Reform bid inflames deadly Venezuela crisis


Caracas (AFP) –

Venezuelan President Nicolas Maduro’s call for a new constitution to quell a deadly political crisis inflamed his opponents, who blocked roads and banged pots on Tuesday to demand elections.

Maduro said his move was necessary to fend off what he says is an attempted foreign-backed “coup” against him.

His opponents say it further weakens the chances of holding a vote to remove Maduro, whom they blame for an economic crisis that has sparked food shortages and rioting.

Analysts said the socialist president was playing for time and looking to delay presidential elections due next year.

“This escalates the crisis to unprecedented levels. It increases tensions,” said Diego Moya-Ocampos, a Venezuelan analyst at London-based consultancy IHS Markit Country Risk

“If protests do get out of hand it opens the door for Maduro’s powerful ally, the armed forces, to demand the constitution be respected or take over power to supervise a transition.”

  • New constitution –

The opposition is demanding early elections to replace the socialist president.

Maduro instead said he was invoking his power to create a 500-member “constituent assembly” to rewrite the constitution.

That would cut out other political parties and the opposition-controlled Congress.

Maduro regularly portrays Venezuela as the victim of a US-led capitalist conspiracy.

The opposition complained that the body drafting the new charter would not be the result of a popular election.

Maduro said it would be composed of workers and farmers, constituencies that form his party’s traditional base of support.

It will be “a citizen’s constituent body, not from political parties — a people’s constituent body,” he said.

He said the National Electoral Council would start work on the process on Tuesday.

  • Food shortages –

Maduro was elected in 2013 to succeed his late mentor Hugo Chavez.

Their government had won the affection of many through social welfare programs.

Maduro’s popularity has since dropped sharply, as falling prices for Venezuela’s crucial oil exports have slashed the state’s revenues.

Venezuelans are suffering shortages of food, baby milk, medicine and other basic supplies.

The International Monetary Fund estimates inflation in Venezuela will hit 720 percent this year.

  • ‘Playing for time’ –

Maduro has resisted repeated opposition efforts to hold a vote on removing him from power.

The next presidential elections are due at the end of next year.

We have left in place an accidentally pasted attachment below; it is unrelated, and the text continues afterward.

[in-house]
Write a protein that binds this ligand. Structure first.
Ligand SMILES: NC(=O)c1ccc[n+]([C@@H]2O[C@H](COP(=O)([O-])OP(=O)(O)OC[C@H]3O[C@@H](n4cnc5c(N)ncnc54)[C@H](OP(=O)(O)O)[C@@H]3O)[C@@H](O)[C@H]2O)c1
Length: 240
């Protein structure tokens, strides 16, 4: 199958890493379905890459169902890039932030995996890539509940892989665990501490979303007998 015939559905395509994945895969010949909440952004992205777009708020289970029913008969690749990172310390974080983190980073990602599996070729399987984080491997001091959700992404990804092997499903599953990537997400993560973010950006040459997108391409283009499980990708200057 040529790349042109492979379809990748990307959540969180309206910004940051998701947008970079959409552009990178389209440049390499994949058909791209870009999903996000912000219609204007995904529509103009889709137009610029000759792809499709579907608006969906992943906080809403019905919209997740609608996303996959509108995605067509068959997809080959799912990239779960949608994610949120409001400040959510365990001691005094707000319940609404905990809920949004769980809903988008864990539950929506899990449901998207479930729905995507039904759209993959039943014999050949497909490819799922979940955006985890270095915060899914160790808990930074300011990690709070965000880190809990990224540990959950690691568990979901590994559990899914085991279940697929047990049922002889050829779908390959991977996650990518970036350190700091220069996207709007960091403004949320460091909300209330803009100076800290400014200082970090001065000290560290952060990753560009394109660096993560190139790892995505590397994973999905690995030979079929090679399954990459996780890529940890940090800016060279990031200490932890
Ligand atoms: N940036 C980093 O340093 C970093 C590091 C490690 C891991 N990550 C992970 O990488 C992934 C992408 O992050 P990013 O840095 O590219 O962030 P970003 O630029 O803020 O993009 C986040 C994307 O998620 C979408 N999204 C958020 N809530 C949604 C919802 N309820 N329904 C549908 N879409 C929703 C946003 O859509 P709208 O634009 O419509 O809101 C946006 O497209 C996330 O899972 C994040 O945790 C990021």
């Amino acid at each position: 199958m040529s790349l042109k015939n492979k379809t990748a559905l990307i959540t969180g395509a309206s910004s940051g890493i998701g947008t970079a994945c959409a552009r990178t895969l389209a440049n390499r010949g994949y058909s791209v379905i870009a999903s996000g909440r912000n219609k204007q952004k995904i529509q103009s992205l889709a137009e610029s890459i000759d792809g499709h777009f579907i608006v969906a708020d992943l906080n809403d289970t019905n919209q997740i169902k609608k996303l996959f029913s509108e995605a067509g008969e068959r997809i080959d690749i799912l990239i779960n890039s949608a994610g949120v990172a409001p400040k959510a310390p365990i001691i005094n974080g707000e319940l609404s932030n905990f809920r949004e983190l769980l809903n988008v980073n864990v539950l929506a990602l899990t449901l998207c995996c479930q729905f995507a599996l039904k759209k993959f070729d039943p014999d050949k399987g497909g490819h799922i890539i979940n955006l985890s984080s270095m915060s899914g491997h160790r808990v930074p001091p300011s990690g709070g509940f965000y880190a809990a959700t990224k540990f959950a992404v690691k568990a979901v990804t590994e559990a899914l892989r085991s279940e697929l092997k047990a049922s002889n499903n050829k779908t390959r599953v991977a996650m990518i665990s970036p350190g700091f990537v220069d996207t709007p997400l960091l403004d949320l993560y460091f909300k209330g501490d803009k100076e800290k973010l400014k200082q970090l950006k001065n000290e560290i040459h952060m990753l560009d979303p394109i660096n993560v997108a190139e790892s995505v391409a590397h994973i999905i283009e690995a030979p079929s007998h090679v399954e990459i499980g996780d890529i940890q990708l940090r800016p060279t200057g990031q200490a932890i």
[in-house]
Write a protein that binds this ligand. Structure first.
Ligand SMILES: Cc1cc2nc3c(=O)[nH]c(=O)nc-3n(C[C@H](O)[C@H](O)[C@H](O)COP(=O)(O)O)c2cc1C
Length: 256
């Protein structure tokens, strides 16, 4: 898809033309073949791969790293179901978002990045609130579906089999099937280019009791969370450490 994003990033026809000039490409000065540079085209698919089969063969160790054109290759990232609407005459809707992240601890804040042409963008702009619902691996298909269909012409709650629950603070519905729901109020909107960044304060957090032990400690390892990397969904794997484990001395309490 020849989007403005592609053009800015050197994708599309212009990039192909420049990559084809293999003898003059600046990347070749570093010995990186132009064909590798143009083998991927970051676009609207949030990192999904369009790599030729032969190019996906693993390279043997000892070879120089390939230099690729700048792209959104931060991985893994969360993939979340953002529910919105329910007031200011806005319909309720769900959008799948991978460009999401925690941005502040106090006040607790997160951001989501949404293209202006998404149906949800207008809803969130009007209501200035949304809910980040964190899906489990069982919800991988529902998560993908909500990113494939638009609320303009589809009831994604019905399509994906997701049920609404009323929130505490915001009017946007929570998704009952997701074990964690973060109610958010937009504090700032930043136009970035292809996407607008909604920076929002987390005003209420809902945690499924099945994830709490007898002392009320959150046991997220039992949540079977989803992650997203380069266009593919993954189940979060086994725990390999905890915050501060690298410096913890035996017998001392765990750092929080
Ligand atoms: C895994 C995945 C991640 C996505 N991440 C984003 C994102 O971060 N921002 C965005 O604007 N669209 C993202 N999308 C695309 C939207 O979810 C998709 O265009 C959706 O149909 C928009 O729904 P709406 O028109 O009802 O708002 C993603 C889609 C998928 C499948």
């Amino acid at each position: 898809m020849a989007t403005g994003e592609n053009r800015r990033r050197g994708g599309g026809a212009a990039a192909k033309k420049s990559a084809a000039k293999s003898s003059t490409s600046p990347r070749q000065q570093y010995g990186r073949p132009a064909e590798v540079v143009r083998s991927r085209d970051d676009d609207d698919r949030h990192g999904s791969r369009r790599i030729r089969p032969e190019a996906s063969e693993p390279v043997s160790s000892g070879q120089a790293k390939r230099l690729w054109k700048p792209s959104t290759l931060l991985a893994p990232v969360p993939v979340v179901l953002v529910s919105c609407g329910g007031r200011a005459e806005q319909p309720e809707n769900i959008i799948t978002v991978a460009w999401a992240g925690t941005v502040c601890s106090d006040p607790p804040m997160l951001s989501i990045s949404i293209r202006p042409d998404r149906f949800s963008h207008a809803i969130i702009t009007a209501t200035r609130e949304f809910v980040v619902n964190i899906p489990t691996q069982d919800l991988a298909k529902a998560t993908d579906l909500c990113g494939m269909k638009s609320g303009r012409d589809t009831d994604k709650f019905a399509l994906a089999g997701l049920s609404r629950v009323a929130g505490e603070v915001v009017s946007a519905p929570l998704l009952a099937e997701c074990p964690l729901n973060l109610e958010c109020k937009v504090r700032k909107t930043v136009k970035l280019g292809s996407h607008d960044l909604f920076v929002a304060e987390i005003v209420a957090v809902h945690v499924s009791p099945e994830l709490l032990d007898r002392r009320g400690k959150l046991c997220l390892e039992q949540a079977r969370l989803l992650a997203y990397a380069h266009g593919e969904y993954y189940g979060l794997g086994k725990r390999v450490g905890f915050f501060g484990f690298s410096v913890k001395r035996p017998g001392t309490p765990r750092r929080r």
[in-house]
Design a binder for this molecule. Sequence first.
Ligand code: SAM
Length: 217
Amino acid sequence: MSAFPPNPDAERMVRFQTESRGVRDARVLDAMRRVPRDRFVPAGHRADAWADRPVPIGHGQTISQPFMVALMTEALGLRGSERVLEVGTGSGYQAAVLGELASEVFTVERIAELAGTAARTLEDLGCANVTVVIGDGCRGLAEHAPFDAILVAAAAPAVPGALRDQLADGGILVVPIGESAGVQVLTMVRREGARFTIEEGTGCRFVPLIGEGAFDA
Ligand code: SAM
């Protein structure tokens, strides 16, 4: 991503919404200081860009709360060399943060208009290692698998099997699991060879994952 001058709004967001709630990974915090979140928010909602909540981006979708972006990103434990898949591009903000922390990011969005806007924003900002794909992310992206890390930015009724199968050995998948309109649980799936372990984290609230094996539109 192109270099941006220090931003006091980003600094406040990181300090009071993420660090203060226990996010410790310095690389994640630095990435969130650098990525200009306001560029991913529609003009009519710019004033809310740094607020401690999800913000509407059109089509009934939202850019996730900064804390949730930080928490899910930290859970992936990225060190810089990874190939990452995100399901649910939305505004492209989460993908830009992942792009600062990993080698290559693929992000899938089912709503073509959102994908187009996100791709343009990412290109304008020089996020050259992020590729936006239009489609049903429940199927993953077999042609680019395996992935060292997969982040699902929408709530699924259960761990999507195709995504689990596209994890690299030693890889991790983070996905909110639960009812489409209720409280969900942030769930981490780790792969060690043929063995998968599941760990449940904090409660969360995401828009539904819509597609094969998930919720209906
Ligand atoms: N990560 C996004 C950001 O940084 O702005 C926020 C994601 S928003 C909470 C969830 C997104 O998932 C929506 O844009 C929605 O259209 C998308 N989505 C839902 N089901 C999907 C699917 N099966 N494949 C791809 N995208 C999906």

Under Venezuelan law the constituent assembly’s decisions would overrule any other state institution.

Political analyst Nicmer Evans said that with his new proposal Maduro is “playing for time at all cost, in order to stay in power”.

“The pro-Chavez movement is convening the only kind of election it can win by manipulating the way voting is held,” said Eugenio Martinez, an analyst who specializes in elections.

  • Protesters block streets –

Angry protesters hit the streets early on Monday in renewed rallies.

AFP reporters saw streets blocked with makeshift barricades of rubbish and pulled-down trees as people banged pots and blew horns.

“This constituent assembly that Maduro has announced is a manipulation to escape elections,” said student Raul Hernandez, 22, one of about 100 people blocking a major avenue in eastern Caracas.

Maduro made his announcement to thousands of supporters who rallied for a May Day demo on Monday.

Elsewhere security forces sprayed tear gas and water cannon at anti-government demonstrators, the latest in more than a month of clashes.

Prosecutors said 28 people were killed last month in violence between protesters and police.

Monday’s announcement “only sharpens the crisis,” said analyst Luis Vicente Leon of polling firm Datanalysis.

“A constituent assembly without democratic elections will unify the opposition, isolate the government and strengthen street protests.”

Opposition leaders called for a “mega protest” for Wednesday.

“People, into the streets!” opposition leader Henrique Capriles said on Twitter.

“You must disobey such lunacy!”

    <figure><figcaption>President Nicolas Maduro's plan for a new constitution sparks fresh protests in crisis-torn Venezuela
        <span>Copyright AFP RONALDO SCHEMIDT</span>
      </figcaption><img src="" width="768" height="513"><figcaption>Despite 28 dead in a month of protests, many Venezuelans are heeding opposition calls to keep the pressure on the leftist government
        <span>Copyright AFP RONALDO SCHEMIDT</span>
      </figcaption><img src="" width="768" height="486"><figcaption>Venezuelan national flag as they block a street during a protest against Venezuelan President Nicolas Maduro in Caracas
        <span>Copyright AFP RONALDO SCHEMIDT</span>